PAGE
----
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EchoStar May Split Up Assets, Will Buy Sling Media

Satellite-TV Provider May Spin Off Technology, Infrastructure Assets 9/25/2007 09:00:00 AM Eastern

Dish Network

EchoStar Communications is considering splitting up its businesses into two publicly traded companies.

The company is pursuing a plan to spin off its technology and infrastructure assets in a tax-free transaction, separating them from the pay TV Dish Network operations. Those assets include EchoStar’s set-top-box-manufacturing business, international operations, third-party fixed-satellite services and noncore satellites, uplink and spectrum licenses.

”We believe separation of our consumer-based and wholesale businesses could unlock additional value,” EchoStar chairman and CEO Charlie Ergen said in a statement, “Each company would be able to separately pursue the strategies that best suit its respective long-term interests. The spinoff transaction would also allow employee incentives to be tied to their respective company's performance and improve opportunities to effectively develop and finance expansion plans.”

Ergen would serve as chairman and CEO for both Dish Network and the spinoff.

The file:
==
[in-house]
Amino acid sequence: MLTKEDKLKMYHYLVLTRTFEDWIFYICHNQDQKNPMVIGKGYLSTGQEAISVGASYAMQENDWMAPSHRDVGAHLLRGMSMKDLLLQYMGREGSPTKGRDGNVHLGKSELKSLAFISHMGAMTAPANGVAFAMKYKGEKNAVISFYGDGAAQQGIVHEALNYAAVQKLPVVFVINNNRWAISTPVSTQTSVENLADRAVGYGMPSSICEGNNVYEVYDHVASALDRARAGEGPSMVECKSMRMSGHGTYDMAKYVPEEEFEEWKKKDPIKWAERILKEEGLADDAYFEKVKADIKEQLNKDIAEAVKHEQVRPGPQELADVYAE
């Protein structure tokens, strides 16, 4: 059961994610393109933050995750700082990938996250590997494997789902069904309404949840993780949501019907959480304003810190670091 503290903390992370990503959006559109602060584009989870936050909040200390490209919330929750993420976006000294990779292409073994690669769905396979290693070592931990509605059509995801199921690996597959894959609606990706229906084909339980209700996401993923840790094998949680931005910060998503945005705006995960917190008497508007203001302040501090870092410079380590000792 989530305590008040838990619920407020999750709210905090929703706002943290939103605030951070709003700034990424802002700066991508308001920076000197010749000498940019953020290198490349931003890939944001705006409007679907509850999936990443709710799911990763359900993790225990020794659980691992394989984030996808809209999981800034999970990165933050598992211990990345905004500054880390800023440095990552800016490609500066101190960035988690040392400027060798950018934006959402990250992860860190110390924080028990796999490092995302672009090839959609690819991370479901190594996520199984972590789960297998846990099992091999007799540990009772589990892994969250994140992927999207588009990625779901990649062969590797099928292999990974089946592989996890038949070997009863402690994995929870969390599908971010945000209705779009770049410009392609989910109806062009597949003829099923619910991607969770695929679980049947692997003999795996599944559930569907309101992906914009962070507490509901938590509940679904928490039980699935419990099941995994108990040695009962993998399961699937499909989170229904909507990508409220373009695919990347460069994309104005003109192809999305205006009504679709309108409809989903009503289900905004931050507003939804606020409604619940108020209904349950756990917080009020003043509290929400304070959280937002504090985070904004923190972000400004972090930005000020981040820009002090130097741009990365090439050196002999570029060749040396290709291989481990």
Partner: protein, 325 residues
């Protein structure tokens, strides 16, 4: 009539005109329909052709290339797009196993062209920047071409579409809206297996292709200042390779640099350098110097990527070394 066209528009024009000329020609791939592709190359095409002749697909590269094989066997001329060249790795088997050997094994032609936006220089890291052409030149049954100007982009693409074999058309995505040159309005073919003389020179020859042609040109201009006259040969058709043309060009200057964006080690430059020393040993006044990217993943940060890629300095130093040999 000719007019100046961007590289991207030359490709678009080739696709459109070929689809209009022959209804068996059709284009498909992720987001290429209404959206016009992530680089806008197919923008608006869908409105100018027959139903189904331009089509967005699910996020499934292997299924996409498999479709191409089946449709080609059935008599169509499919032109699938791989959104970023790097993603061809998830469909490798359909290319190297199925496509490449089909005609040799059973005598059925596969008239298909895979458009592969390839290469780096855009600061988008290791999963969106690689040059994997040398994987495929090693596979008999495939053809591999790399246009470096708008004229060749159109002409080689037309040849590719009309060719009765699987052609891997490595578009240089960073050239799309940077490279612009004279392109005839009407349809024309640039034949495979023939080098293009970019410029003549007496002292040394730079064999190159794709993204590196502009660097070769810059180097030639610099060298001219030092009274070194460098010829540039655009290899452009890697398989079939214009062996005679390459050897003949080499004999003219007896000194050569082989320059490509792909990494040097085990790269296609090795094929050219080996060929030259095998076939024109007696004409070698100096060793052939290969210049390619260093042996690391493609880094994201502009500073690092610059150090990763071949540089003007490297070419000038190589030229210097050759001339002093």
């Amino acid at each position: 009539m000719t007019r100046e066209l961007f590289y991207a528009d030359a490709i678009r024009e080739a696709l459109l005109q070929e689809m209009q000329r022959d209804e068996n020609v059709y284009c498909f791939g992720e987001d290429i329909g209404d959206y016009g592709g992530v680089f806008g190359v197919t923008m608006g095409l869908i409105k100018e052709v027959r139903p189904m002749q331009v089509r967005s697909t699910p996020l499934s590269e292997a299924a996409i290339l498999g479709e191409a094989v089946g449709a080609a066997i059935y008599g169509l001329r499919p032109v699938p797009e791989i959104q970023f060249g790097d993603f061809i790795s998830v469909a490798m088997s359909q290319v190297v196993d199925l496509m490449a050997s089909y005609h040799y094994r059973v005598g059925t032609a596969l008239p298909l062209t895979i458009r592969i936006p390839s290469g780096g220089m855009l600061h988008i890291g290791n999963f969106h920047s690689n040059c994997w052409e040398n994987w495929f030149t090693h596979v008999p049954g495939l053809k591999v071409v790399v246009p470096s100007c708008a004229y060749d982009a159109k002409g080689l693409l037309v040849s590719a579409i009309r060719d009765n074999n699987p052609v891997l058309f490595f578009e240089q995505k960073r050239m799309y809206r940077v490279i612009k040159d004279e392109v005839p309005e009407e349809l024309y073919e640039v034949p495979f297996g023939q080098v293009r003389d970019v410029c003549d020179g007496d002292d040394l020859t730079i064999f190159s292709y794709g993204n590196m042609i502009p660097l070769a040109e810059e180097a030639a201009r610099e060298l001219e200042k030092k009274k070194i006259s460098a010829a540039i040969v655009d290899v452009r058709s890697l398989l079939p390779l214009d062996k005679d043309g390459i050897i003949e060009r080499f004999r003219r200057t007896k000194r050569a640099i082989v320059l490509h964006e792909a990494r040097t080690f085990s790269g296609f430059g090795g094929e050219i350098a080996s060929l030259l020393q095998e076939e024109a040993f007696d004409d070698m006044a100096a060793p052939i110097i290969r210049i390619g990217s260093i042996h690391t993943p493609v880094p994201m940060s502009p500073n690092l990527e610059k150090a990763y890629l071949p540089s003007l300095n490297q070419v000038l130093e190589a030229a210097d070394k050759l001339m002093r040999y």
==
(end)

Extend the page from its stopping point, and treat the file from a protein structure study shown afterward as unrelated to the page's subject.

EchoStar is also acquiring Sling Media, maker of the Slingbox, which allows users to access live TV from their PC or portable device, for $380 million in cash and EchoStar options. The transaction is expected to close in the fourth quarter.

Sanford C. Bernstein analyst Craig Moffett sees the acquisition as a positive step for Dish to set itself apart from its competitors such as DirecTV, which touts its high-definition expansion as a competitive advantage, and the MSOs with their broadband and triple play.

“An ‘anywhere’ value proposition for consumers has the potential to position EchoStar's service offering as genuinely differentiated,” Moffett said.

However, the analyst was cautious about Sling’s reliance on high-speed broadband that is largely provided by cable operators and telcos, noting that the digital-subscriber-line service that is commonly bundled with direct-broadcast satellite services today is inadequate to handle a “high-quality user experience with Sling.”

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